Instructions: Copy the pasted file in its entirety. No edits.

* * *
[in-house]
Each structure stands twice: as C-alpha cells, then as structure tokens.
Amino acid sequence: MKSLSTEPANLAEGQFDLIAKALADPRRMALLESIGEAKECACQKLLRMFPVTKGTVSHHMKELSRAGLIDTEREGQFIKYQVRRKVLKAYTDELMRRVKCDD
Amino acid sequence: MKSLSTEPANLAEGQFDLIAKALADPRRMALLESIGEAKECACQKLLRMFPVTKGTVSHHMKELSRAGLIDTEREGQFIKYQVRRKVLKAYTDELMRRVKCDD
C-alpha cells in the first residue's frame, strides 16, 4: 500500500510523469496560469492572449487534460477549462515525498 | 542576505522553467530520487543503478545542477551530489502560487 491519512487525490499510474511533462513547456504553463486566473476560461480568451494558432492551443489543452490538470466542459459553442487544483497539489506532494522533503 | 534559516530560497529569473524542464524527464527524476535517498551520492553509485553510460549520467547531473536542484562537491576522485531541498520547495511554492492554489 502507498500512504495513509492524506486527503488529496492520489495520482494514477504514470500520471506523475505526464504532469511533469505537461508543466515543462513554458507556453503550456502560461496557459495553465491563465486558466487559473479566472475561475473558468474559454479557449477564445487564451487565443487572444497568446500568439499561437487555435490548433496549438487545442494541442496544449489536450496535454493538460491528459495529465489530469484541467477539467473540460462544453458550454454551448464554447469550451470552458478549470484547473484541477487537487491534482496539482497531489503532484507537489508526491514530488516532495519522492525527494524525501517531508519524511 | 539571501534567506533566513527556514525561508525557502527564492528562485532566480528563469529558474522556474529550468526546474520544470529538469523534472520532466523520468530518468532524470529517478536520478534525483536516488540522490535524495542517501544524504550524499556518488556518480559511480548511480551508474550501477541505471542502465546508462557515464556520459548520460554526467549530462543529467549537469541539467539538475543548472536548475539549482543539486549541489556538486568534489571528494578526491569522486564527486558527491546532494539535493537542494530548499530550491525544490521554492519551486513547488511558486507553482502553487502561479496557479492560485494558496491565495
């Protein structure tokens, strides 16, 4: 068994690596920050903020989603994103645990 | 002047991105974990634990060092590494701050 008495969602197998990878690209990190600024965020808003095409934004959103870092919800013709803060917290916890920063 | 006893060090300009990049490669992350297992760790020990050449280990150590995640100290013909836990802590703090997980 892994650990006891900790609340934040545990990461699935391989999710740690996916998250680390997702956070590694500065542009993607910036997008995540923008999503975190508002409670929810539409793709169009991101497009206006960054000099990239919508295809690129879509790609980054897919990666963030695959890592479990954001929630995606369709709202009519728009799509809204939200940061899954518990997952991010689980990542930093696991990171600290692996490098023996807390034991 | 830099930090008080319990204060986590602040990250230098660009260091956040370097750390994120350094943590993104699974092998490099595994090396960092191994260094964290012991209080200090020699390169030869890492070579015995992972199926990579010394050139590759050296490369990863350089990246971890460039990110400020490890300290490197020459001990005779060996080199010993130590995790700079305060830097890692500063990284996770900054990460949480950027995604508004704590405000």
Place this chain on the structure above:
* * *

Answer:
[in-house]
Each structure stands twice: as C-alpha cells, then as structure tokens.
Amino acid sequence: MKSLSTEPANLAEGQFDLIAKALADPRRMALLESIGEAKECACQKLLRMFPVTKGTVSHHMKELSRAGLIDTEREGQFIKYQVRRKVLKAYTDELMRRVKCDD
Amino acid sequence: MKSLSTEPANLAEGQFDLIAKALADPRRMALLESIGEAKECACQKLLRMFPVTKGTVSHHMKELSRAGLIDTEREGQFIKYQVRRKVLKAYTDELMRRVKCDD
C-alpha cells in the first residue's frame, strides 16, 4: 500500500510523469496560469492572449487534460477549462515525498 | 542576505522553467530520487543503478545542477551530489502560487 491519512487525490499510474511533462513547456504553463486566473476560461480568451494558432492551443489543452490538470466542459459553442487544483497539489506532494522533503 | 534559516530560497529569473524542464524527464527524476535517498551520492553509485553510460549520467547531473536542484562537491576522485531541498520547495511554492492554489 502507498500512504495513509492524506486527503488529496492520489495520482494514477504514470500520471506523475505526464504532469511533469505537461508543466515543462513554458507556453503550456502560461496557459495553465491563465486558466487559473479566472475561475473558468474559454479557449477564445487564451487565443487572444497568446500568439499561437487555435490548433496549438487545442494541442496544449489536450496535454493538460491528459495529465489530469484541467477539467473540460462544453458550454454551448464554447469550451470552458478549470484547473484541477487537487491534482496539482497531489503532484507537489508526491514530488516532495519522492525527494524525501517531508519524511 | 539571501534567506533566513527556514525561508525557502527564492528562485532566480528563469529558474522556474529550468526546474520544470529538469523534472520532466523520468530518468532524470529517478536520478534525483536516488540522490535524495542517501544524504550524499556518488556518480559511480548511480551508474550501477541505471542502465546508462557515464556520459548520460554526467549530462543529467549537469541539467539538475543548472536548475539549482543539486549541489556538486568534489571528494578526491569522486564527486558527491546532494539535493537542494530548499530550491525544490521554492519551486513547488511558486507553482502553487502561479496557479492560485494558496491565495
């Protein structure tokens, strides 16, 4: 068994690596920050903020989603994103645990 | 002047991105974990634990060092590494701050 008495969602197998990878690209990190600024965020808003095409934004959103870092919800013709803060917290916890920063 | 006893060090300009990049490669992350297992760790020990050449280990150590995640100290013909836990802590703090997980 892994650990006891900790609340934040545990990461699935391989999710740690996916998250680390997702956070590694500065542009993607910036997008995540923008999503975190508002409670929810539409793709169009991101497009206006960054000099990239919508295809690129879509790609980054897919990666963030695959890592479990954001929630995606369709709202009519728009799509809204939200940061899954518990997952991010689980990542930093696991990171600290692996490098023996807390034991 | 830099930090008080319990204060986590602040990250230098660009260091956040370097750390994120350094943590993104699974092998490099595994090396960092191994260094964290012991209080200090020699390169030869890492070579015995992972199926990579010394050139590759050296490369990863350089990246971890460039990110400020490890300290490197020459001990005779060996080199010993130590995790700079305060830097890692500063990284996770900054990460949480950027995604508004704590405000």
Place this chain on the structure above: